Divestment Campaign Gains Traction

On December 1st, the Stevens Point divestment campaign had its first meeting with Chancellor Bernie Patterson to discuss the universities transition to clean energy.

Divestment is a technique that was first used in South Africa during apartheid. When institutions investment portfolios are tied up amongst oppressive or destructive companies, they indirectly support the problem.

It started when students at universities across California demanded their schools take all endowments and investments and remove them from stocks that had a role in apartheid of any kind.

This sparked a nationwide campaign of removing money from those stocks, and today a new kind of divestment is taking place from fossil fuels.

Given Stevens Point environmental track record, it is unsurprising to see passionate and devoted students pursuing this new form of divestment. With their newfound opportunity to meet with the Chancellor, the campus divestment team took no shortcuts.

“They spent literally hundreds of hours on this presentation,” said Treasurer Sean Piette. “Compiling statistics, exploring all the options, they thought of everything.”

Piette and others waited outside the Chancellors office to show support for their peers in the meeting, which lasted a little over half an hour.

Following the meeting, the entire group met in the basement of the Dreyfus University Center to debrief.

While optimistic about the prospects of divestment, the Chancellor recognized the limitations of the situation. Because the University of Wisconsin system funds are centralized, one school cannot simply ‘divest’.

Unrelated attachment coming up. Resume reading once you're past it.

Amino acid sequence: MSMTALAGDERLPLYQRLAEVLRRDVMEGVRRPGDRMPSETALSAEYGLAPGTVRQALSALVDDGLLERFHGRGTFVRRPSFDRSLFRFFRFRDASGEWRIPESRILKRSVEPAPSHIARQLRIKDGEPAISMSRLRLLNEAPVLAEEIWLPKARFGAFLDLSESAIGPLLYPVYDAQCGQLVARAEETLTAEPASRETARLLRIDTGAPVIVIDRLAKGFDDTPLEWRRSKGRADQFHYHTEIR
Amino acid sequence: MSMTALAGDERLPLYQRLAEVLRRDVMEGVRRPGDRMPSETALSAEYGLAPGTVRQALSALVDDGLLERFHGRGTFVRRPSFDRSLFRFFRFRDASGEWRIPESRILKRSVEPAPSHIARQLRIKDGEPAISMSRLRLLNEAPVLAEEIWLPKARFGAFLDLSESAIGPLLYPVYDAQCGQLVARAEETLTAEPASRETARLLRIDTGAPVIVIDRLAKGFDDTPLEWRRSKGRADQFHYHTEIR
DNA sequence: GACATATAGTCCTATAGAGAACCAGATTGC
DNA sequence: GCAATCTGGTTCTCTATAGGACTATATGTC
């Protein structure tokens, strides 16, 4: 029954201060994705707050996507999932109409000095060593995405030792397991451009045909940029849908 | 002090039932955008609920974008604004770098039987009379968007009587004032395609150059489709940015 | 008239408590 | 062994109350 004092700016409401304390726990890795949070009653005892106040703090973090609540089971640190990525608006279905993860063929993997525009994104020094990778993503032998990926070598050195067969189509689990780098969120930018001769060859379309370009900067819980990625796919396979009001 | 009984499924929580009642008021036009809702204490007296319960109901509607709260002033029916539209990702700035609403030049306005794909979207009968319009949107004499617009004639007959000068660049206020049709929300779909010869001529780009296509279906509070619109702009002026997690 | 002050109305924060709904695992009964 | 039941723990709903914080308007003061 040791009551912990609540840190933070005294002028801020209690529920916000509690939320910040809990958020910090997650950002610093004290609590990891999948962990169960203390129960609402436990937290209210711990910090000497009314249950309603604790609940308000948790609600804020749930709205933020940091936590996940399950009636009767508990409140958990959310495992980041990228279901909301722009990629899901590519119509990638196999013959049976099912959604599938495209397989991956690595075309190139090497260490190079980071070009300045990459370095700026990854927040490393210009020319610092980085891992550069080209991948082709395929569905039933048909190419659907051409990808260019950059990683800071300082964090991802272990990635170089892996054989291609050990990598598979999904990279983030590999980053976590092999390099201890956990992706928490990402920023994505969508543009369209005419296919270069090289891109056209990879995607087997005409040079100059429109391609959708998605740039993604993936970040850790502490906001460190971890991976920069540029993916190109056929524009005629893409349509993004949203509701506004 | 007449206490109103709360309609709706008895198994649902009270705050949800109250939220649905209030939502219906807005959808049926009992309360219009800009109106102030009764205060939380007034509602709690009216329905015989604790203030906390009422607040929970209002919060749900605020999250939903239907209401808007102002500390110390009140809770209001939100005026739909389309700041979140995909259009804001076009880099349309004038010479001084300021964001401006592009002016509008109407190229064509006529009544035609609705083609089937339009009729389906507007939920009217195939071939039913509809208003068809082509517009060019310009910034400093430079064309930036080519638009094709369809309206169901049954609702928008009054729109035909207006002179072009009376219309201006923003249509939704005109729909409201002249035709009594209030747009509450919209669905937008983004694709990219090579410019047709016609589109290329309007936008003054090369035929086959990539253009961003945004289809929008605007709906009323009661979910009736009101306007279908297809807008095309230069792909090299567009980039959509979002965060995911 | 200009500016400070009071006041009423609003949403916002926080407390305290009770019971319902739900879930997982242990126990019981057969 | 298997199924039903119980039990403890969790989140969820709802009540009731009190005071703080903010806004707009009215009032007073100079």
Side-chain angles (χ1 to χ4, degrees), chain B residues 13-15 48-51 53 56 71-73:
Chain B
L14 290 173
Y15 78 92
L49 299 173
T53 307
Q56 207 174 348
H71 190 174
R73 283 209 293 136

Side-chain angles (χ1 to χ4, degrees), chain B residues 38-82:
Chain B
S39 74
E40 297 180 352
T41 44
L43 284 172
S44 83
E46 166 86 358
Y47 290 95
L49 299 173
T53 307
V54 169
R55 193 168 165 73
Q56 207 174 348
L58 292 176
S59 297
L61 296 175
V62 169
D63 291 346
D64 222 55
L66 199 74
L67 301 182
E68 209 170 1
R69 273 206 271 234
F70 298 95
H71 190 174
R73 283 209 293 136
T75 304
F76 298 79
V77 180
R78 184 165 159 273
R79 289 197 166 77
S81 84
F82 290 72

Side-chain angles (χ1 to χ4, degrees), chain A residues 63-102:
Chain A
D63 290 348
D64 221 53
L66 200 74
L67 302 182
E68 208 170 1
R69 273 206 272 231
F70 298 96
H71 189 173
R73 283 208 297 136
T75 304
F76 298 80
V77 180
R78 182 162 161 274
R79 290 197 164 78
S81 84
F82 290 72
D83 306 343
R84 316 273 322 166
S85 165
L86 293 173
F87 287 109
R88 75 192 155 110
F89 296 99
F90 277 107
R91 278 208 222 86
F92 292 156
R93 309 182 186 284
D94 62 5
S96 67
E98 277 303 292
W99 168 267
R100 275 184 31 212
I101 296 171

“For divestment, two funds need to be in place in the UW-Foundation,” said a group administrator, and one of the presenters, Joel Gebhard. “Once these are in place, your school can decide which fund to put their money in.”

Another challenge to divestment is the viability. Before a school will commit, it must be confident that its new investments will pay off. “The endowment pays for scholarships, and that’s why they need the second fund,” said Gebhard “no administrator wants to be the reason a student does not get financial aid”

While creating a duality in the UW-Foundation is a daunting task, the divestment group is already taking the first steps towards doing so.

“We will go to SGA and the faculty senate and see if they are in favor of the fund,” said group president Natalie Lirette “With their support, the Chancellor would feel comfortable writing a letter.”

With 22 million dollars of endowment, there is a fantastic opportunity to make a difference. If a second fund is created within the UW-system, and green portfolios proven to be economically feasible, divestment becomes much simpler.


Harley Fredriksen

Environment Editor


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